Shambling out of the darkness – one of the first victims of the outbreak

The rest of the narrative unfolds as Nick is taken to hospital, raving about what he saw at the church.  Of course, no one believes him until footage of an incident involving a zombie-like attack on some cops hits the internet.  The dissemination of information in this manner feels very up to the minute, as most of our front line news these days comes from amateur video shot on mobile phones.  If there were a zombie outbreak, you can be sure kids in schools would be sharing it over the internet.  Meanwhile, Nick escapes from the hospital and seeks help from his dealer, Cal.  If you’ve ever seen any show or film in which a character leaves hospital surreptitiously, you’ve seen this sequence before.  Health warnings are issued and the school session ends early.  Travis and Maddie find the horrific evidence at the church and go looking for Nick.   They find him cowering under an overpass, where he tells them that he has killed Cal as they struggled over a gun.  Returning to the scene, Cal’s body is nowhere to be found, but as Maddie, Travis and Nick begin to drive off, their path through a tunnel is blocked by a figure, menacingly illuminated in red by their taillights.  It’s Cal, and once Maddie and Travis realise that he’s not interested in negotiation, Nick rams him with the truck.  The episode comes to a close as the three watch Cal’s growling, undead corpse turn his head to look back at them though cold, glassy eyes.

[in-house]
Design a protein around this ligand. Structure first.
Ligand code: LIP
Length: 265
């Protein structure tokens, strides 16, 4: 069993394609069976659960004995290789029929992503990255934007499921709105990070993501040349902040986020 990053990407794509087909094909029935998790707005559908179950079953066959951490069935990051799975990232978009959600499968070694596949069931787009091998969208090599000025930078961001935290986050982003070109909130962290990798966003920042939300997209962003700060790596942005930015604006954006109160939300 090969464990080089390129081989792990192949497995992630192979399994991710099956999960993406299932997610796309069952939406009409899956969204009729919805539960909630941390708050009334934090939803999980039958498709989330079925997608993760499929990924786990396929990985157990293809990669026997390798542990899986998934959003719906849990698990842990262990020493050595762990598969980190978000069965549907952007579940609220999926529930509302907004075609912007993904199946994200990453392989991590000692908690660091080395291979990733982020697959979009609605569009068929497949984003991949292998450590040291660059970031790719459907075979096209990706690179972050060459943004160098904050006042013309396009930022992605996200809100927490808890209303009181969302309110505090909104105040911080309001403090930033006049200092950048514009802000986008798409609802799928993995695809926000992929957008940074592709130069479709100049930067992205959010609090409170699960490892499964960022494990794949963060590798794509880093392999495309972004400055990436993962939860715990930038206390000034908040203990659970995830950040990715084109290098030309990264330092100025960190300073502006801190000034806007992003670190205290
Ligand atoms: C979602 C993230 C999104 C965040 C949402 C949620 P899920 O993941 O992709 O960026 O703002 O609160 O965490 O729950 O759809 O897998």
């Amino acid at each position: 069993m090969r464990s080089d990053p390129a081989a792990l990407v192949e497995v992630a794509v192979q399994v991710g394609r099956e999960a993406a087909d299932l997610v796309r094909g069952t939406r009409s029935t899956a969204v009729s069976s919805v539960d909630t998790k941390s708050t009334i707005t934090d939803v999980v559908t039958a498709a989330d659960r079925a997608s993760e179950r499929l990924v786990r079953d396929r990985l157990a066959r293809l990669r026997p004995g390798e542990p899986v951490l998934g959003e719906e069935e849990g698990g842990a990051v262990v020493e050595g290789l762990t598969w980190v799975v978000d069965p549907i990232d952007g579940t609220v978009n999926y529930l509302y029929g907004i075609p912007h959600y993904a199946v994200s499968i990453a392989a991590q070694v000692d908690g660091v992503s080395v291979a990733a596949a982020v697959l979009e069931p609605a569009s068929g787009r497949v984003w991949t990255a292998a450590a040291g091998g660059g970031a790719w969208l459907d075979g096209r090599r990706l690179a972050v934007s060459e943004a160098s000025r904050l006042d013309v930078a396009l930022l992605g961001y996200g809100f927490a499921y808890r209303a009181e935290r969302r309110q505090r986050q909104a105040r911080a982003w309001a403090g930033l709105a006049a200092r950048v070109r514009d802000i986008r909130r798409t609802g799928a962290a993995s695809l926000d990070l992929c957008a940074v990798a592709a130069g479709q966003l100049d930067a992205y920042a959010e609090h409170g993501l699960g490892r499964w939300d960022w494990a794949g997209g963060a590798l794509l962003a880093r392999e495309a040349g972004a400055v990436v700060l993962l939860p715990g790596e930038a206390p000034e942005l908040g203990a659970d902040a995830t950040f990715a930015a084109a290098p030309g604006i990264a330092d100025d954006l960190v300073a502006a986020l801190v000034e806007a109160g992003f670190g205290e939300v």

The nature of the beginning of the outbreak – a link to a bad batch of heroin – is a rather blatant attempt at a ‘drugs are bad’ morality tale.  The Walking Dead thrives on the concept of human connection in an inhuman world.  Fear doesn’t have the luxury of that setting (yet), and might be grasping for a ‘message’ in a show that’s basically about undead people eating non-undead people.

The pacing of the episode was also a little on the slow side.  There wasn’t a lot of zombie action, which is understandable, as we’re only witnessing the very start of the outbreak, however moving things along at a slightly quicker clip would not have gone amiss.  It did seem as though Cal turned pretty quickly, so multiple deaths in quick succession could lead to more serious problems and the potential for more action.

Fear has already been commissioned for two seasons, the first of which will span six episodes.  How this all connects to TWD is still unclear.  Furthermore, once the zombie outbreak hits, what will differentiate Fear from TWD?  At some point the ratio of humans to zombies will have to tip the apocalyptic scales and we’ll find ourselves in a very similar situation to that of the original series.  This is the problem facing Fear – how do you compete with the best in the business?

  • 6.5/10
    Pilot - 6.5/10


Fear the Walking Dead attempts to tell the tale of what came before Rick and the gang. We’re introduced to our protagonists, most of whom are fairly underdeveloped at this point. Maddie has shown the most promise so far – there’s definite room for improvement.

The outbreak appears to link back to a bad batch of drugs, which sends a clear message to any kids watching.

The episode plodded along at a slow pace. There’s hope though, if a few more zombies get loose, there could be mayhem.

By now, everyone is surely familiar with The Walking Dead, which allows for some nice use of misdirection and playing with audience expectation from the director. The colour palette is also a refreshing change from the washed-out appearance of TWD.

Fear has a lot to live up to, and runs the risk of being a pale imitation of its parent show. It needs to work out how to occupy the same world and similar themes without appearing more of a common cold than full-blown epidemic.

User Review
0 (0 votes)